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If you don’t like the data, discredit it!

Everywhere you look and read there is a new article about the importance and value of “Big Data.” Believe you me, I get it. We all know that as HR Pros, it is important that we are measuring what we do so we can show how we add value. I also get that it is just as important to be able to use predictive analytics to show what might happen if we choose certain courses of action. Like many members of my profession, I am continuing to learn, adopt and apply (big) data in my practice.

Big DataA friend of mine, (let’s call her Brenda) who is NOT in HR, has also been doing the same in her profession. I would describe her role as one of organizational change agent/improvement lead.   We recently had a great discussion about how she is trying to improve her overall comfort level with predictive analytics so that she can better “sell” her executive team on change and improvement initiatives. Other than making me feel better that it isn’t just HR that has an inferiority complex about their knowledge and application of big data, Brenda also regaled me with a fantastic tail of organizational dysfunctionality as it pertains to the use of big data. Spoiler alert – just because you have, and can use, big data, doesn’t mean you will get what you want or easily sway the opinions of others!

Stop me if you have heard this one before, but at Brenda’s company they have a communication problem. Shocking I know, as that is such a rare problem in most companies. However, she has a pretty good idea as to what the drivers are of the communication problem – *cough* *managers* *cough*; however, in order to engage her senior team in a solution, she wanted to collect some data to show what was happening so as to better convince them. Sound approach so far, right?

Brenda went about conducting a survey with that was administered to almost 50% of the organization’s employees, across all departments and locations. The survey was done either in person or via phone so as to provide clear (specific) context as to the questions. The intent of the survey was to determine whether or not certain key business items were being communicated to employees by their manager(s). She had enough responses to the survey so that the results could be considered to be statistically significant in nature. Additionally, when looking at the data, there were some pretty clear outcomes/results from what was shared. As you can guess, across certain office and departments, it was crystal clear that these key business items that the executive team thought were being communicated, simply weren’t being discussed/relayed to employees, thus the reason they were experiencing the communication gap.

So far so good, right? A simple but powerful data collection tool was used to provide concrete results as to what the problem was and where it resided. Brenda consolidated this data and then presented it to her executive team a couple of weeks ago. Here is where our story goes off the rails – rather than providing an “a-ha” moment to this team, one that was meant to enlighten, inform and spur them to action, it turned into an assault on the credibility of her information. Bottom line, the senior team didn’t like the fact that Brenda (and her data) was basically telling them that their managers were falling short in their communication efforts. They didn’t like being told/shown in front of the head of the organization that perhaps they didn’t have their finger on the pulse of what was effecting communication in the company.  Better yet, it showed that maybe they had their heads in the proverbial sand about the effectiveness of some of their managers (and perhaps their own coaching abilities.)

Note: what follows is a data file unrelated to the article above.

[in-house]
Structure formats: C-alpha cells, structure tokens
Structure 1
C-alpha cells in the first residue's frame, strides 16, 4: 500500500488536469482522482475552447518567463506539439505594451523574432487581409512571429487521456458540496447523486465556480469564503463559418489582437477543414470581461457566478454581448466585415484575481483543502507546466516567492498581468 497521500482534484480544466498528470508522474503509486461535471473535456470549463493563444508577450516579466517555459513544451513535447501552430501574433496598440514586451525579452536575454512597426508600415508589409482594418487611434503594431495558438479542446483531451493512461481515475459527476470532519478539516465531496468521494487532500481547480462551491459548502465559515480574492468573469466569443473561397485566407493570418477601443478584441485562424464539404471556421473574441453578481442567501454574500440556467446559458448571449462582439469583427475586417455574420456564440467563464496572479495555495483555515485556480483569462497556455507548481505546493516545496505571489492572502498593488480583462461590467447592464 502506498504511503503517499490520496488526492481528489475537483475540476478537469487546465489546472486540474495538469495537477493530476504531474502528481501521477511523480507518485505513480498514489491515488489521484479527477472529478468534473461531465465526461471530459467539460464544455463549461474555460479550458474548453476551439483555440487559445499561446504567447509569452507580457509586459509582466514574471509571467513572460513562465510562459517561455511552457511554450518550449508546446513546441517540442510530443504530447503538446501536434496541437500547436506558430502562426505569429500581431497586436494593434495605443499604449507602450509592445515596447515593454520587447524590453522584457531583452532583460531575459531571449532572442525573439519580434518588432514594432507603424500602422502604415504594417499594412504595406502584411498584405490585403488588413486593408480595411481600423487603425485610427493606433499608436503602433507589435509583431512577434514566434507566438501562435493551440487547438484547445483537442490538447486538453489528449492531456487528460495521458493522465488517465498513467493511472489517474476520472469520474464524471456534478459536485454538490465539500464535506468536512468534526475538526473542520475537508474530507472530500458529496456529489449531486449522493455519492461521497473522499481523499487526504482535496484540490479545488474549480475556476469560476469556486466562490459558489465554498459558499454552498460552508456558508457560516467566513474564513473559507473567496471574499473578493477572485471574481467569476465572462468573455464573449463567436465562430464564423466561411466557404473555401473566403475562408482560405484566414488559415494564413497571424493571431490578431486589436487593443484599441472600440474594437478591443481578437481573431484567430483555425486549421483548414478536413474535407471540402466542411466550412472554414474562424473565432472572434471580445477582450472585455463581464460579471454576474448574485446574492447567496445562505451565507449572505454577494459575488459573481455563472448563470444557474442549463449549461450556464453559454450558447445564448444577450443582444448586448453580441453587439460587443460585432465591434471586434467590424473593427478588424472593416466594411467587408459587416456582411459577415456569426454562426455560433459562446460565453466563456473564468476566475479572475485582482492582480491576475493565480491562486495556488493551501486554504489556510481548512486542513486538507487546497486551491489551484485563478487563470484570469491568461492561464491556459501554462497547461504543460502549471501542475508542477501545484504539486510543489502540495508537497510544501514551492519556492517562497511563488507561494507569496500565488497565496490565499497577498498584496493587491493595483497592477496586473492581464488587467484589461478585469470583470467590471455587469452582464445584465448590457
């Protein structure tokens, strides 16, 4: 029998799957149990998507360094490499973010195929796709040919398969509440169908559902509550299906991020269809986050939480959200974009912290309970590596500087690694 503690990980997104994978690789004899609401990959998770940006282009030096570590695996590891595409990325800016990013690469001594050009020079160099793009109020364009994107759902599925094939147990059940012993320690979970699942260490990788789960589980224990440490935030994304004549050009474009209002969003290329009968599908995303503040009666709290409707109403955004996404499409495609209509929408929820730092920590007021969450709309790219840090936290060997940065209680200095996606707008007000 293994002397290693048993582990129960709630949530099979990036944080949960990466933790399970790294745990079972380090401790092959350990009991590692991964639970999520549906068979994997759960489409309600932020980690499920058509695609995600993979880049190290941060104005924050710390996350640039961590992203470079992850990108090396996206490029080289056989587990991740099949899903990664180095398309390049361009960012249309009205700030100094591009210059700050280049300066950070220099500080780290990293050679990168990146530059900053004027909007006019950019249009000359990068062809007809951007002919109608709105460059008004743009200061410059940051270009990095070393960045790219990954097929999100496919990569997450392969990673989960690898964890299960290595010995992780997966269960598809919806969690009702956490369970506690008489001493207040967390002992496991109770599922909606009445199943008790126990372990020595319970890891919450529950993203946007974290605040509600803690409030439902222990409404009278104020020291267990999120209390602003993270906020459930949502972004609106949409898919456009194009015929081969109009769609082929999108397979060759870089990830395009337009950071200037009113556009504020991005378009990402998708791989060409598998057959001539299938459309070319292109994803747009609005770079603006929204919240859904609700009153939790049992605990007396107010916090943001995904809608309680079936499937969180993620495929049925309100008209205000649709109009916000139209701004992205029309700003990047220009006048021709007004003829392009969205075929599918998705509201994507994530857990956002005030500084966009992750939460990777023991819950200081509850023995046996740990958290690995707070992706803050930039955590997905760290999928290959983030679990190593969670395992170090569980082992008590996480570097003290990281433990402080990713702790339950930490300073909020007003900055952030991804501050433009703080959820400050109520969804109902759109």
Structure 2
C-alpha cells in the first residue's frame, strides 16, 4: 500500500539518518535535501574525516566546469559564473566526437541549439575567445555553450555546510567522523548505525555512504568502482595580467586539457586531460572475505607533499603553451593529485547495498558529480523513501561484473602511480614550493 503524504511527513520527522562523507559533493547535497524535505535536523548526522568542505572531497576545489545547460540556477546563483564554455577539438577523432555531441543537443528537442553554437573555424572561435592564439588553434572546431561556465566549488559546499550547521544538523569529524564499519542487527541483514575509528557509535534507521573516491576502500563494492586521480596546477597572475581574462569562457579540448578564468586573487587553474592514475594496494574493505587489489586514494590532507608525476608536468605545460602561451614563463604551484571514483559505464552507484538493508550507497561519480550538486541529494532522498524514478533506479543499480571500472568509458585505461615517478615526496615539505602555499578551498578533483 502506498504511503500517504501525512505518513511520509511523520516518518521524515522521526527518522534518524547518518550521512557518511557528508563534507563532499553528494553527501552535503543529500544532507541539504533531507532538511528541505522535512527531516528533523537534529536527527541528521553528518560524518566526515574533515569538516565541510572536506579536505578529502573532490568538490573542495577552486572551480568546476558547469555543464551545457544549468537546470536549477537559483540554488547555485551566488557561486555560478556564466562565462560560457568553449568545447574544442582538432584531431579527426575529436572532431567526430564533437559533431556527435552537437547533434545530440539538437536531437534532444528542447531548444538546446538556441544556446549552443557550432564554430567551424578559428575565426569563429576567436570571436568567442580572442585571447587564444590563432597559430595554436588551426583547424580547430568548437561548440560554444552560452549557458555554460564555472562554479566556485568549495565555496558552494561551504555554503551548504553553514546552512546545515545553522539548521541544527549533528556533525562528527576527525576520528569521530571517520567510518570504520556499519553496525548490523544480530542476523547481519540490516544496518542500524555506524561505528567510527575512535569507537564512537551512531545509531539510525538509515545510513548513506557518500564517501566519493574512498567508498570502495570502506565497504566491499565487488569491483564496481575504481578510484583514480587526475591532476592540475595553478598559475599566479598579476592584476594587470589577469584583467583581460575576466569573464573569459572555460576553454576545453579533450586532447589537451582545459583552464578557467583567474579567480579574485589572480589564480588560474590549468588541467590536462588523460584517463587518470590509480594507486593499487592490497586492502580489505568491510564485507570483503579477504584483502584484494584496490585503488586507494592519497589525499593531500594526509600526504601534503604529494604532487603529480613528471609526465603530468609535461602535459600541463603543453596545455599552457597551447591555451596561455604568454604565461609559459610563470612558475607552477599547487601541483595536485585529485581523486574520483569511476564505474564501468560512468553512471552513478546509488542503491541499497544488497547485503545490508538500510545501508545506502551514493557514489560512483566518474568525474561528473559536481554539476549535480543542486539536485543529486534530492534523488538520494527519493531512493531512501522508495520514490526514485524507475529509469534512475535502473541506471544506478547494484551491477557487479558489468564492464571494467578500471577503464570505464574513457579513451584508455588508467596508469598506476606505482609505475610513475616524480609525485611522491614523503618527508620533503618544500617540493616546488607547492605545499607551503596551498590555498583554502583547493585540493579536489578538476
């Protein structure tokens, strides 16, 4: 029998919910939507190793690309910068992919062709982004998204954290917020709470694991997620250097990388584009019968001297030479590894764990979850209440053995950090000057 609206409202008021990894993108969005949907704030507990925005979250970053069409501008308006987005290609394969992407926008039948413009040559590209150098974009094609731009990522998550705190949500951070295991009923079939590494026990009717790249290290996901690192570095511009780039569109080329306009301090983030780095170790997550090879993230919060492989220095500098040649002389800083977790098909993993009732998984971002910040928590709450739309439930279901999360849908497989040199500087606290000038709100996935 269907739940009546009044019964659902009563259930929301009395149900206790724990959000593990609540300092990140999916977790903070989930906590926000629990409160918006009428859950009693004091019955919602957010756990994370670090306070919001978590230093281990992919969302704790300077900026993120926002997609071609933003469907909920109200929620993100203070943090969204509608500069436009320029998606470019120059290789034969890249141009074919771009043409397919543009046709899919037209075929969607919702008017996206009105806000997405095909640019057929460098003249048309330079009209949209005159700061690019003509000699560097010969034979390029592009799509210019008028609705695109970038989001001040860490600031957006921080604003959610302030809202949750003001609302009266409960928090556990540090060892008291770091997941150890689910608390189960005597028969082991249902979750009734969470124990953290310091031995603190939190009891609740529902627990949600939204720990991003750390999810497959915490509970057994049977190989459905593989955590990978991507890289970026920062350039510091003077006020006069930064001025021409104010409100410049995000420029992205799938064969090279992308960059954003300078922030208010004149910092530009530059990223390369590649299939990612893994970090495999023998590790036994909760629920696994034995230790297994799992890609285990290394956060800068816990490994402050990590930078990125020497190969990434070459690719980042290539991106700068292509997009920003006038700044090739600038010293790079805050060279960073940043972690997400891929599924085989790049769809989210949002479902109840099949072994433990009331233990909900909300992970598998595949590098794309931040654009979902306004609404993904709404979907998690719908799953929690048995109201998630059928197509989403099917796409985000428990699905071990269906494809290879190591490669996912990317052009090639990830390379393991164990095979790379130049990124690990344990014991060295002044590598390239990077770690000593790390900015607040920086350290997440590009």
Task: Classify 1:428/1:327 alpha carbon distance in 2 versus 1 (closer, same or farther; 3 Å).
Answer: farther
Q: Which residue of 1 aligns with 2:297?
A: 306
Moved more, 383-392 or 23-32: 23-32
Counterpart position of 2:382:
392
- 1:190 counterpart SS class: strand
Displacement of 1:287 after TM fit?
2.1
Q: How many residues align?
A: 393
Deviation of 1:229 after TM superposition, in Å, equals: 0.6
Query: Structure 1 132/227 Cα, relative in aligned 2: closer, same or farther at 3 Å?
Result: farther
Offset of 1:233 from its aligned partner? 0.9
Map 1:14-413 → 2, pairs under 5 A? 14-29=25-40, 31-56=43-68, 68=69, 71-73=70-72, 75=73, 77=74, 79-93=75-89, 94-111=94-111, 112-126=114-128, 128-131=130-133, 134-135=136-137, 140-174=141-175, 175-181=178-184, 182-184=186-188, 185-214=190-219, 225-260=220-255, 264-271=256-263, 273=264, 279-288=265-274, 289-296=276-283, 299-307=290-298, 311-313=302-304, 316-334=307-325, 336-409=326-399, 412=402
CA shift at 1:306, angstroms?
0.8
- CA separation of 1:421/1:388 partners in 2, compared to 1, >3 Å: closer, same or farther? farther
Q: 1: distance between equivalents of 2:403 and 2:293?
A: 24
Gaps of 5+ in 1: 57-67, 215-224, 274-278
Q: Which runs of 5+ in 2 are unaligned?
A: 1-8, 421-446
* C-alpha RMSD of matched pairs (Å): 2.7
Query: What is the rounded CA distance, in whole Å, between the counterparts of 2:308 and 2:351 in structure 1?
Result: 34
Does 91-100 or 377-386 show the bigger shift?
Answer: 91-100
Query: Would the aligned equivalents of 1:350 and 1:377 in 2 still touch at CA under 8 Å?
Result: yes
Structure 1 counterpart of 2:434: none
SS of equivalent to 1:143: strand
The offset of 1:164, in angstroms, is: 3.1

Rather than asking questions and using the information to improve the state of affairs at this company, the “team” launched into a passive-aggressive assault on Brenda and the integrity of the data. Questions and statements such as:

“Did everyone understand the questions?”

“Did you speak to enough people?”

“This isn’t concrete enough”

“How do you know there aren’t other factors impacting things?”

“This is just a moment in time and not indicative of the state of affairs overall”

“They were just having a bad day when they responded to this information”

“This is good information, but we really need to look at this in a different way and take a holistic approach”

“We don’t want to jump to any conclusions here”

Fantastic stuff huh? This was further compounded by the fact that no one on that team stood up to support the data and use it as an opportunity for constructive dialogue. So, be careful how you tread going forward my fellow HR Pros. Just because you can gather, analyze and apply data, don’t assume that your audience is either ready for it and/or will accept it. You need to understand the players, the room and the motivators. Quite often the socio-political factors in your company will trump anything that (big) data tells you. The savvy HR Pro needs to be skilled in the use and application of big data, but sublimely adept at social messaging.   Think of yourself as one part mathematician and one part politician. As always, I welcome your comments and feedback.

Image courtesy of Stuart Miles/FreeDigitalPhotos.net

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